Although there is no evidence for human-to-human transmission of H9N2 AIV, several human infections with H9N2 AIV have been reported [711]. It is noteworthy that the number of humans infected by H9N2 AIV in serological surveillance, especially poultry workers, was much higher than that of the confirmed cases [12, 13]. H9N2 AIV is able to reassort with other subtypes of influenza virus, including H6N1, H6N2, H5N1, and H7N9. The increased risk of animal-to-human spread with avian viruses that have the H9N2 internal genes has posed a greater pandemic threat [1416].

Since the late 1990s, vaccination has been carried out in China to prevent and control H9N2 AIV infection in chicken flocks. Commercial vaccines did not provide complete protection for the endemic H9N2 AIVs in China. Up to the present time, H9N2 virus has regularly been found in vaccinated chickens in Shandong of China [1, 17, 18]. Therefore, this study was designed to perform a comprehensive phylogenetic analysis of H9N2 AIVs from chickens in Shandong of China to provide an important guidance for the effective control of H9N2 AIV infection.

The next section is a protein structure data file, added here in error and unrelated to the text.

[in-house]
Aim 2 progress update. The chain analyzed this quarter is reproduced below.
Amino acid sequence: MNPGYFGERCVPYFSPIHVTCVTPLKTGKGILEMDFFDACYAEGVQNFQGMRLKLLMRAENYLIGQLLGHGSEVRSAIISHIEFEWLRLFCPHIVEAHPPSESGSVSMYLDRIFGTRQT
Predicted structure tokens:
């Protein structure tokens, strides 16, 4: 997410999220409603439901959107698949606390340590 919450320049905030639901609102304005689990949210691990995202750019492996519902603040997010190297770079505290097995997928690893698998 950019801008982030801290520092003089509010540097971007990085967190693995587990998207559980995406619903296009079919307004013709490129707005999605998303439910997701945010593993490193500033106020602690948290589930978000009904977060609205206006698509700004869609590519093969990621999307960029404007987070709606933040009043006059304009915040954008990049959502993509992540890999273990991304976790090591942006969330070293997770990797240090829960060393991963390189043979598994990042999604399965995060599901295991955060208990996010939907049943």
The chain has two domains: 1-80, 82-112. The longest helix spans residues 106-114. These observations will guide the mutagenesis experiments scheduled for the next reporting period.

2. Materials and Methods

2.1. Viruses

A total of 35 HA gene sequences of H9N2 AIVs isolated from chickens in Shandong of China between 1998 and 2013 were obtained from the National Center for Biotechnology Information (NCBI) Influenza Viruses Resource (http://www.ncbi.nlm.nih.gov/genomes/FLU/FLU.html) (Table 1).

Table 1: HA genes of 35 H9N2 AIVs isolated from Shandong of China from 1998 to 2013.